Here, several facts before the trial court were in dispute, and even for those facts not in dispute, the parties disagree about the inferences to be drawn from those undisputed facts. In addition, it appears from the record that the trial court did not conduct an evidentiary hearing. Rather, it ruled on a paper record consisting of: (1) the parties' complaints; (2) affidavits of witnesses; (3) deposition testimony; and (4) memorandum. Accordingly, our standard of review is de novo; we will affirm the judgment of the trial court on any legal theory the evidence of record supports. See Magness, 744 N.E.2d at 401. However, the ruling of the trial court is presumptively correct, and we will reverse on the basis of an incorrect factual finding only if Turner persuades this court that the balance of the evidence is tipped against the court's findings. Id.
II. The Act

    The Act provides compensation for employees who suffer injuries which arise out of and in the course of their employment. Construction Mgmt. & Design, Inc. v. Vanderweele, 660 N.E.2d 1046, 1049 (Ind. Ct. App. 1996), trans. denied. Worker's compensation obviates the uncertainty, delay, and expense of common law remedies by substituting a fixed compensation according to reimbursement schedules. Baker v. Westinghouse Elec. Corp., 637 N.E.2d 1271, 1274 (Ind. 1994). The remedies provided in the Act are in derogation of the common law, and a statute that is in derogation of common law must be strictly construed against limitations on a claimant's right to bring suit. McQuade v. Draw Tite, Inc., 659 N.E.2d 1016, 1018 (Ind. 1995). Prior to the Act, an employee's only remedy was an action in tort against the employer which was rarely successful. Frampton v. Central Indiana Gas Co., 260 Ind. 249, 297 N.E.2d 425, 427 (Ind. 1973). Worker's compensation is for the benefit of the employee and the Act must be strictly construed in favor of the employee so as not to negate the Act's humane purposes. Id.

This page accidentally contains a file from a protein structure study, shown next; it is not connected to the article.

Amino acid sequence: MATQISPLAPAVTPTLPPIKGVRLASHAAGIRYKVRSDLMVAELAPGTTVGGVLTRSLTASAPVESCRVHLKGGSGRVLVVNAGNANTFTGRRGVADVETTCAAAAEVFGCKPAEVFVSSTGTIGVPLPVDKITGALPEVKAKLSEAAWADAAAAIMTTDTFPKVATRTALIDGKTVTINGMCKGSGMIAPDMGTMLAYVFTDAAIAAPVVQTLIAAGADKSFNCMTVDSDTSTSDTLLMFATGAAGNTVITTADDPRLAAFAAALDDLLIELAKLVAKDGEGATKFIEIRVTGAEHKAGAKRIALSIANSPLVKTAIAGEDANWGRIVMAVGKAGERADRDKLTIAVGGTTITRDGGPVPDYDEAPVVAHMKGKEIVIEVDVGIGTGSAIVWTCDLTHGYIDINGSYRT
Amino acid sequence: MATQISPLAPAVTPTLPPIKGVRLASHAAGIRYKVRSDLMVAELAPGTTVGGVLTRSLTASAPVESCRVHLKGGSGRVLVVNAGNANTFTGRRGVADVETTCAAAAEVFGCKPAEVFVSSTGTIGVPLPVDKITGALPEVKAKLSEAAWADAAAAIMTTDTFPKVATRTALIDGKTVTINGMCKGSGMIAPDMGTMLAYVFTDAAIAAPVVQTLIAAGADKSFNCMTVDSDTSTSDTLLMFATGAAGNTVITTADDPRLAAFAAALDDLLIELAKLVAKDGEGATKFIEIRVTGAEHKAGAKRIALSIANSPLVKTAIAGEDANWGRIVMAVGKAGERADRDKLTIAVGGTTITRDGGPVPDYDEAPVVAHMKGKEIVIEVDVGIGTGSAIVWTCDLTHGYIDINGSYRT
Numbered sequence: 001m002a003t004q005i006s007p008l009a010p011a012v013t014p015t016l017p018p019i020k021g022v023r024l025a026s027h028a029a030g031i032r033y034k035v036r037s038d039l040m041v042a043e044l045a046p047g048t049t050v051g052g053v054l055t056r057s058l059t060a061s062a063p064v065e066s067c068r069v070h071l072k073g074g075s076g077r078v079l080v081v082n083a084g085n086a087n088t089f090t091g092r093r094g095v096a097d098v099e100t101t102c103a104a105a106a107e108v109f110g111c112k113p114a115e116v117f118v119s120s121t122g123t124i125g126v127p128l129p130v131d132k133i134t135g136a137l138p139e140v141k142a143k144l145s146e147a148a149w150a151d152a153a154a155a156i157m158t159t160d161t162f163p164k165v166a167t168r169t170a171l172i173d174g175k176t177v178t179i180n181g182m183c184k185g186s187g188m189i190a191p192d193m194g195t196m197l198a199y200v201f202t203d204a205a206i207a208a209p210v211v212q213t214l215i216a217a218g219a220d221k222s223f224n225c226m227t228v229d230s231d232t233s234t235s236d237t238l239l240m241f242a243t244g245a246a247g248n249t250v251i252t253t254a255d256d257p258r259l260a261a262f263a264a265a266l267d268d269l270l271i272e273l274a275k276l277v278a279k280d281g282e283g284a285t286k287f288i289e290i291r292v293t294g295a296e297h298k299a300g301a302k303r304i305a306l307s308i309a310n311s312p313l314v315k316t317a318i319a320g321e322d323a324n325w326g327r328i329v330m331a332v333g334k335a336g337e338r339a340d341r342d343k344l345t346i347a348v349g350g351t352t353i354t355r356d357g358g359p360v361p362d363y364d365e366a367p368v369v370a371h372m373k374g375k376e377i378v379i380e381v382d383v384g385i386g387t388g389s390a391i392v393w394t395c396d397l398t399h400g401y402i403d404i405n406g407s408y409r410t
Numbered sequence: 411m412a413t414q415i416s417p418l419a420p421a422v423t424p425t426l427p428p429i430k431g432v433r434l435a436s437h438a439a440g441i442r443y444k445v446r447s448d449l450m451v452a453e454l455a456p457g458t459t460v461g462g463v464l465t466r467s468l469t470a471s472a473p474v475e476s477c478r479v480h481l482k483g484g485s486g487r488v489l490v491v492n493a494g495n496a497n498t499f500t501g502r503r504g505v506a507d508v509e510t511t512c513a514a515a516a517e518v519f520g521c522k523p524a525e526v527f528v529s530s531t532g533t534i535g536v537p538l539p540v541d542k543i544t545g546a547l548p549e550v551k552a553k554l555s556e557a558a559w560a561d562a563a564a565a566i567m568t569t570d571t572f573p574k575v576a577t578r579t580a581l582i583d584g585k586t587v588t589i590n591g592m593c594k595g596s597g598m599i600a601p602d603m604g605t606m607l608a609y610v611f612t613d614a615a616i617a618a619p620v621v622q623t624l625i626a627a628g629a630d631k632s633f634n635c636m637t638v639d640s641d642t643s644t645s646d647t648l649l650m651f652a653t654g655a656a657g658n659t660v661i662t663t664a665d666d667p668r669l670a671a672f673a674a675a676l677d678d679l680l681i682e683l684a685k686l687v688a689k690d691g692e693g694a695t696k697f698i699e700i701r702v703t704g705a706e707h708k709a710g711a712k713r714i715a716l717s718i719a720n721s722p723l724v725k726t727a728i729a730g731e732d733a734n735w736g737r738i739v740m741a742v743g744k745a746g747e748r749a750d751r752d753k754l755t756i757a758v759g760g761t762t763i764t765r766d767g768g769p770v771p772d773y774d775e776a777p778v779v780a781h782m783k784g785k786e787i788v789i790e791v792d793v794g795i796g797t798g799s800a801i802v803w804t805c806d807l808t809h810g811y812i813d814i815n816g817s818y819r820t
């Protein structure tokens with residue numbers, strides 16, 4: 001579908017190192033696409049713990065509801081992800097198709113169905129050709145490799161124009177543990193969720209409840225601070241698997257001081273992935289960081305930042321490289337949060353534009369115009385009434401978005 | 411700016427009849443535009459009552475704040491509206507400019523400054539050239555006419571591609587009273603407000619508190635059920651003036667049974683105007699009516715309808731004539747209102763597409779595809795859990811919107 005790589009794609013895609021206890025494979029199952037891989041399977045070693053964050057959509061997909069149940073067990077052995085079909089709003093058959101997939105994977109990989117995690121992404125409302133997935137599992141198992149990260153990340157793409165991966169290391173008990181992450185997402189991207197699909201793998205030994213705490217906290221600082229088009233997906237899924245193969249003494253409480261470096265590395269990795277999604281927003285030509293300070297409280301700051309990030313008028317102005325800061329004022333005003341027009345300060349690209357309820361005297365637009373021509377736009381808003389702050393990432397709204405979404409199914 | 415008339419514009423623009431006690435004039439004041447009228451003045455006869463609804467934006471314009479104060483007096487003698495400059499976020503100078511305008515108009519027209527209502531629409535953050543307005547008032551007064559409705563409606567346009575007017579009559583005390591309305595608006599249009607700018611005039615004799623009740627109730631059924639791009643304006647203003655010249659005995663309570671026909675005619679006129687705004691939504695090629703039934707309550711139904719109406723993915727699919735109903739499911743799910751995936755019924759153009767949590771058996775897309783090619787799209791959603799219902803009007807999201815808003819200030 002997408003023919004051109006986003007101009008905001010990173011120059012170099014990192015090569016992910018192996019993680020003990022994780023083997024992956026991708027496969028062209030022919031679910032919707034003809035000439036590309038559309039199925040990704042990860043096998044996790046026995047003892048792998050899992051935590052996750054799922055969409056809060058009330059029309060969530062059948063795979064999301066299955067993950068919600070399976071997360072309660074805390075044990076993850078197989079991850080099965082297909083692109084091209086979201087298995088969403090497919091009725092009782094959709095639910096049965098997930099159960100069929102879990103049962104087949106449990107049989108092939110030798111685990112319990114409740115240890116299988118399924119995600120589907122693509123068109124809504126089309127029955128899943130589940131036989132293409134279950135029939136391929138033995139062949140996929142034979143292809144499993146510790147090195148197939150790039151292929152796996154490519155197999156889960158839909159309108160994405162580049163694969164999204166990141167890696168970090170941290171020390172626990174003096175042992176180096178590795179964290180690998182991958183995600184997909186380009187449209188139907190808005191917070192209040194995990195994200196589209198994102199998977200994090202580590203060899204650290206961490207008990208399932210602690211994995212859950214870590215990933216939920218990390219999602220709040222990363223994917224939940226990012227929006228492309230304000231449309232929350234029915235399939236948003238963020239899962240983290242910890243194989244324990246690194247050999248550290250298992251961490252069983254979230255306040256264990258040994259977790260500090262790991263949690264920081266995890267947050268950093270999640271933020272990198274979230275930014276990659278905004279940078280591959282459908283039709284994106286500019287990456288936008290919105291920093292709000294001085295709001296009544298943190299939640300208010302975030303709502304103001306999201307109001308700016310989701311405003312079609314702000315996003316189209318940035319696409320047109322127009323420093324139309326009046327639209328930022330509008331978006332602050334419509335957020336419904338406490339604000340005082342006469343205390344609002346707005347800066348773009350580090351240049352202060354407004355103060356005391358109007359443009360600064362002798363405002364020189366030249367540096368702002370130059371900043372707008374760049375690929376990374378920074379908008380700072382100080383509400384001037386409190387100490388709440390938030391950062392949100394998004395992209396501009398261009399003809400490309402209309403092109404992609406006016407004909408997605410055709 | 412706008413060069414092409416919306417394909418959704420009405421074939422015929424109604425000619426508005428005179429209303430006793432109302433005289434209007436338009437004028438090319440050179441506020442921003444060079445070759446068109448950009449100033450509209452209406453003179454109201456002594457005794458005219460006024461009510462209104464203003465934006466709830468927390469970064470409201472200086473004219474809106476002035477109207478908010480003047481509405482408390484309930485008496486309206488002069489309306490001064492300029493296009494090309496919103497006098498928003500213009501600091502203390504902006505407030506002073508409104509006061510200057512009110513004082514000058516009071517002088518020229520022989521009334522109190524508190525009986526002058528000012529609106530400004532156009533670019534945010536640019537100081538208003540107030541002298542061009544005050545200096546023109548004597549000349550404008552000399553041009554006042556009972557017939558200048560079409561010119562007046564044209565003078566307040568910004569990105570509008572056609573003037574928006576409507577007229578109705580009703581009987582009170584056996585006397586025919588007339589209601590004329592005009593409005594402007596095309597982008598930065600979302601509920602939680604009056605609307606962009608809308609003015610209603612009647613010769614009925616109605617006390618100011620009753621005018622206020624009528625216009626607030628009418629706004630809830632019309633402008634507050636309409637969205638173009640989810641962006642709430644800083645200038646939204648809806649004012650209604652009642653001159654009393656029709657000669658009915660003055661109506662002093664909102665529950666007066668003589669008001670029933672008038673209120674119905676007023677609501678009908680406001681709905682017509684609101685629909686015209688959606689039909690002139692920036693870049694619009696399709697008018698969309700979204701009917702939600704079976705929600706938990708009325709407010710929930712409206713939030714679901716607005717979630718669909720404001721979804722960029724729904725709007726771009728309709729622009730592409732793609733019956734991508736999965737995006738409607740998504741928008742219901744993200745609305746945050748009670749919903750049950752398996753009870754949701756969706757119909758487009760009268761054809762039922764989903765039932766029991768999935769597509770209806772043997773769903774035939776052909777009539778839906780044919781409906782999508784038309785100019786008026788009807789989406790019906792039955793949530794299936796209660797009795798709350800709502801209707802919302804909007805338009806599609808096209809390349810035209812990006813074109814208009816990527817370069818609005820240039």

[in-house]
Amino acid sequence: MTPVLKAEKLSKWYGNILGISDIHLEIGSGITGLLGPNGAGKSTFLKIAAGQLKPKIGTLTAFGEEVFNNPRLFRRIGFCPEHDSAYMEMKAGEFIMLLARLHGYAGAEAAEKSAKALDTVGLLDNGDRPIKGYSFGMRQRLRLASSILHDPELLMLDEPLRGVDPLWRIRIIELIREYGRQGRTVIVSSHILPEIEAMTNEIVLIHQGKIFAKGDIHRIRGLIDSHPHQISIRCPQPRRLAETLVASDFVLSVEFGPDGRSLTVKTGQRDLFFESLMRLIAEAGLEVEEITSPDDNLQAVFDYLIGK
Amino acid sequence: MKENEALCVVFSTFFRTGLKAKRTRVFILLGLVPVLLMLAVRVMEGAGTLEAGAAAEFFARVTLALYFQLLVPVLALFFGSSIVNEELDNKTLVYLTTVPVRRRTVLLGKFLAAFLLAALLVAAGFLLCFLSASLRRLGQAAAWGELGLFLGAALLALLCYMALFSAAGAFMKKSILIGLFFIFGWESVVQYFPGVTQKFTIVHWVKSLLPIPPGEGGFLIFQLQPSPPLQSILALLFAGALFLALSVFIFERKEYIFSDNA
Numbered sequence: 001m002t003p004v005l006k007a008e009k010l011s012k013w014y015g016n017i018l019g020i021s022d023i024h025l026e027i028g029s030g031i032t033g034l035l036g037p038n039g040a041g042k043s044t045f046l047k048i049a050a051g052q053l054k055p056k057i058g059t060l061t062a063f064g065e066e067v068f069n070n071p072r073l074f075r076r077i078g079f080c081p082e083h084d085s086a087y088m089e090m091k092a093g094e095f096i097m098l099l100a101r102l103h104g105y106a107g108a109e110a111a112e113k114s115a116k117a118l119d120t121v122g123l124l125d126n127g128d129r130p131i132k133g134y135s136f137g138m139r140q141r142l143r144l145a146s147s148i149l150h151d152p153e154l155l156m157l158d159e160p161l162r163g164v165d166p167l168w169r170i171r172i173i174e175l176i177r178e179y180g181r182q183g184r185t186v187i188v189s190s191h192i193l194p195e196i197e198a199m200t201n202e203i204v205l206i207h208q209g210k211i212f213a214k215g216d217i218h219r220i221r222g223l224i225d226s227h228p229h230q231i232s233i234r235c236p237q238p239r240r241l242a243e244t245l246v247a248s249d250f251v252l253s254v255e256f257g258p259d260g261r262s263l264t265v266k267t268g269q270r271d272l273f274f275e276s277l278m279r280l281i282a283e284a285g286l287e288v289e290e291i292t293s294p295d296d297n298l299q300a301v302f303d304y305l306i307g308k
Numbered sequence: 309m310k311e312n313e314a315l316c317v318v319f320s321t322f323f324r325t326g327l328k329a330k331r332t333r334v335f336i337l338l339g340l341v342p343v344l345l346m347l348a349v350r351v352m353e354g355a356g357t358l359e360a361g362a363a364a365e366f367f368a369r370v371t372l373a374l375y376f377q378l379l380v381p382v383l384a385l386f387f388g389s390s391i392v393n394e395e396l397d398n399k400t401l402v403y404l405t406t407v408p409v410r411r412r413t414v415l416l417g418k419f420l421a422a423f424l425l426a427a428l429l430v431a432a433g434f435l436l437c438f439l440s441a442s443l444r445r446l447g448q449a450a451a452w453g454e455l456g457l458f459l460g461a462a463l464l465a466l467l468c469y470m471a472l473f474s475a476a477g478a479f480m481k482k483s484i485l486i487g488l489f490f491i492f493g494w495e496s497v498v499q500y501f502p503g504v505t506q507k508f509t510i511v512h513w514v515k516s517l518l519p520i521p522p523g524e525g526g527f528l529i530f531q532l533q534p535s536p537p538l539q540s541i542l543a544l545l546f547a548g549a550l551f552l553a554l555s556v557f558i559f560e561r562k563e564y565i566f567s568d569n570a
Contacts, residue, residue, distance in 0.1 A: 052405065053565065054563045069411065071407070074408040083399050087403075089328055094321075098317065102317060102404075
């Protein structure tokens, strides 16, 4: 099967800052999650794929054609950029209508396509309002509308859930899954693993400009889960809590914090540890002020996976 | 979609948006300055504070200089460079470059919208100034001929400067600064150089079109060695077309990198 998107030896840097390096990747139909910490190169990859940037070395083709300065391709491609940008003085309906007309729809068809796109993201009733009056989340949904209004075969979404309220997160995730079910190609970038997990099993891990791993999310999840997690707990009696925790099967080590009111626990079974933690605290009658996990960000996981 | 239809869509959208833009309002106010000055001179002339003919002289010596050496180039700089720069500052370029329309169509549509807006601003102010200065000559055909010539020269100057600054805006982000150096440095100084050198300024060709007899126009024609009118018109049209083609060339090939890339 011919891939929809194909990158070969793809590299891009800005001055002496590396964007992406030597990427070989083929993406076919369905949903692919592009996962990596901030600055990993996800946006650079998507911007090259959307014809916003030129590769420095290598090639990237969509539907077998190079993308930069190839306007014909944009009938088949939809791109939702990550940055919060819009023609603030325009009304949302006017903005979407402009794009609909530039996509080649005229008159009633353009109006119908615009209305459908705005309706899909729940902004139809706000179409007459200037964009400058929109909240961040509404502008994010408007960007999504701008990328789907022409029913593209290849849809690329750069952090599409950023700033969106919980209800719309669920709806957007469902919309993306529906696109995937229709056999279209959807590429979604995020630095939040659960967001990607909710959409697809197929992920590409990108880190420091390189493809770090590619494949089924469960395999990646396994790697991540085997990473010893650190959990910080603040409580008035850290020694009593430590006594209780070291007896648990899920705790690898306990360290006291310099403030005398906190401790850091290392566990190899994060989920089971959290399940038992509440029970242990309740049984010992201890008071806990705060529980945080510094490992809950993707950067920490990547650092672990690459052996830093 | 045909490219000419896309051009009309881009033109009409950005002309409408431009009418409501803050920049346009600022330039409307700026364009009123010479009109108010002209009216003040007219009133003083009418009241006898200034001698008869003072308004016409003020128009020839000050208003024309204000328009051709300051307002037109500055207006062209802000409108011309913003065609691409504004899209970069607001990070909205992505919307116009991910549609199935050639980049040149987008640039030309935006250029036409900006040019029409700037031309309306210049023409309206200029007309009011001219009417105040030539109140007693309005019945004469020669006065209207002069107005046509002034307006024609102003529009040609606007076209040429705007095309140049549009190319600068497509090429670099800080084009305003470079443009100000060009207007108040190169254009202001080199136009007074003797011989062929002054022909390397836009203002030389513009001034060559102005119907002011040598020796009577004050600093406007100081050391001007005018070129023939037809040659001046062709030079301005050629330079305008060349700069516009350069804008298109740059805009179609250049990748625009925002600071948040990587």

The right of an injured employee to bring a legal claim against his or her employer is governed by Indiana Code section 22-3-2-6, which provides that the benefits under the Act constitute the exclusive remedy to the employee against the employer:
The rights and remedies granted to an employee subject to IC 22-3-2 through IC 22-3-6 on account of personal injury or death by accident shall exclude all other rights and remedies of such employee, the employee's personal representatives, dependents, or next of kin, at common law or otherwise, on account of such injury or death, except for remedies available under IC § 5-2-6.1.

This statute limits an employee whose injury meets the jurisdictional requirements of the Act to the rights and remedies provided therein. Campbell v. Eckman/Freeman & Assoc., 670 N.E.2d 925, 929 (Ind. Ct. App. 1996), trans. denied. Thus, if an employee's injury occurred by an accident which arose out of and in the course of his employment, that individual is entitled to worker's compensation benefits, and the exclusivity provisions bar a court from hearing any common-law action brought by the employee for the same injuries. Id.
However, the Act permits an injured employee to pursue a legal claim against any "other person than the employer":
Whenever an injury or death, for which compensation is payable under chapters 2 through 6 of this article shall have been sustained under circumstances creating in some other person than the employer and not in the same employ a legal liability to pay damages in respect thereto, the injured employee, or his dependents in case of death, may commence legal proceedings against the other person to recover damages notwithstanding the employer's or the employer's compensation insurance carrier's payment of or liability to pay compensation under chapters 2 through 6 of this article.

Ind. Code § 22-3-2-13. This statute permits a worker's compensation claimant to bring a legal action against a third party tortfeasor so long as: (1) the civil action does not create a legal liability on the employer to pay damages; and (2) the third party defendant is not "in the same employ" as the injured employee. State v. Coffman, 446 N.E.2d 611, 613 (Ind. Ct. App. 1983).
    Indiana Code section 22-3-6-1 defines "employer" and "employee" as follows: